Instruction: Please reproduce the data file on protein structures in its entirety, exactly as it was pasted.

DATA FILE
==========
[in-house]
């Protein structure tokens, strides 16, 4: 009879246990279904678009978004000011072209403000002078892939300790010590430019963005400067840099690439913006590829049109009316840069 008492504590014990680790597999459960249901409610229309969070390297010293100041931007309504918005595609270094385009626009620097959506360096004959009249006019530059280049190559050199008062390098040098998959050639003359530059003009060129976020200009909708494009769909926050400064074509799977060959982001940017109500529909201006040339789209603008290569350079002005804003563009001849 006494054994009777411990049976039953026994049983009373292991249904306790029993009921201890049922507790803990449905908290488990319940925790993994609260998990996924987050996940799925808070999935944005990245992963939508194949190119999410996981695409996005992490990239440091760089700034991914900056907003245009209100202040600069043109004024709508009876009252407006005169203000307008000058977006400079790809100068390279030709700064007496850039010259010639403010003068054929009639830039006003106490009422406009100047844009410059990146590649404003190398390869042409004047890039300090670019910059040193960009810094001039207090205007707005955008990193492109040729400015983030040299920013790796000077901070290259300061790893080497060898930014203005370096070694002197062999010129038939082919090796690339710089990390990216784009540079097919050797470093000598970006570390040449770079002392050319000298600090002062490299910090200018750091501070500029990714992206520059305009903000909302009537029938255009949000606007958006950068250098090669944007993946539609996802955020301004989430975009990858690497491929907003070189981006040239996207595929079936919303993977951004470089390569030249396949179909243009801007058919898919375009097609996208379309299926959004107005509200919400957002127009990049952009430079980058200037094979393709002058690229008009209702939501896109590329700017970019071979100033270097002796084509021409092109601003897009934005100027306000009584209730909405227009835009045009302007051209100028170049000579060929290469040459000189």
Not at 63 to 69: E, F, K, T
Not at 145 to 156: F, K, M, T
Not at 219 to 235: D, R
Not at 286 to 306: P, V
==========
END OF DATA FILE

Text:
[in-house]
């Protein structure tokens, strides 16, 4: 009879246990279904678009978004000011072209403000002078892939300790010590430019963005400067840099690439913006590829049109009316840069 008492504590014990680790597999459960249901409610229309969070390297010293100041931007309504918005595609270094385009626009620097959506360096004959009249006019530059280049190559050199008062390098040098998959050639003359530059003009060129976020200009909708494009769909926050400064074509799977060959982001940017109500529909201006040339789209603008290569350079002005804003563009001849 006494054994009777411990049976039953026994049983009373292991249904306790029993009921201890049922507790803990449905908290488990319940925790993994609260998990996924987050996940799925808070999935944005990245992963939508194949190119999410996981695409996005992490990239440091760089700034991914900056907003245009209100202040600069043109004024709508009876009252407006005169203000307008000058977006400079790809100068390279030709700064007496850039010259010639403010003068054929009639830039006003106490009422406009100047844009410059990146590649404003190398390869042409004047890039300090670019910059040193960009810094001039207090205007707005955008990193492109040729400015983030040299920013790796000077901070290259300061790893080497060898930014203005370096070694002197062999010129038939082919090796690339710089990390990216784009540079097919050797470093000598970006570390040449770079002392050319000298600090002062490299910090200018750091501070500029990714992206520059305009903000909302009537029938255009949000606007958006950068250098090669944007993946539609996802955020301004989430975009990858690497491929907003070189981006040239996207595929079936919303993977951004470089390569030249396949179909243009801007058919898919375009097609996208379309299926959004107005509200919400957002127009990049952009430079980058200037094979393709002058690229008009209702939501896109590329700017970019071979100033270097002796084509021409092109601003897009934005100027306000009584209730909405227009835009045009302007051209100028170049000579060929290469040459000189």
Not at 63 to 69: E, F, K, T
Not at 145 to 156: F, K, M, T
Not at 219 to 235: D, R
Not at 286 to 306: P, V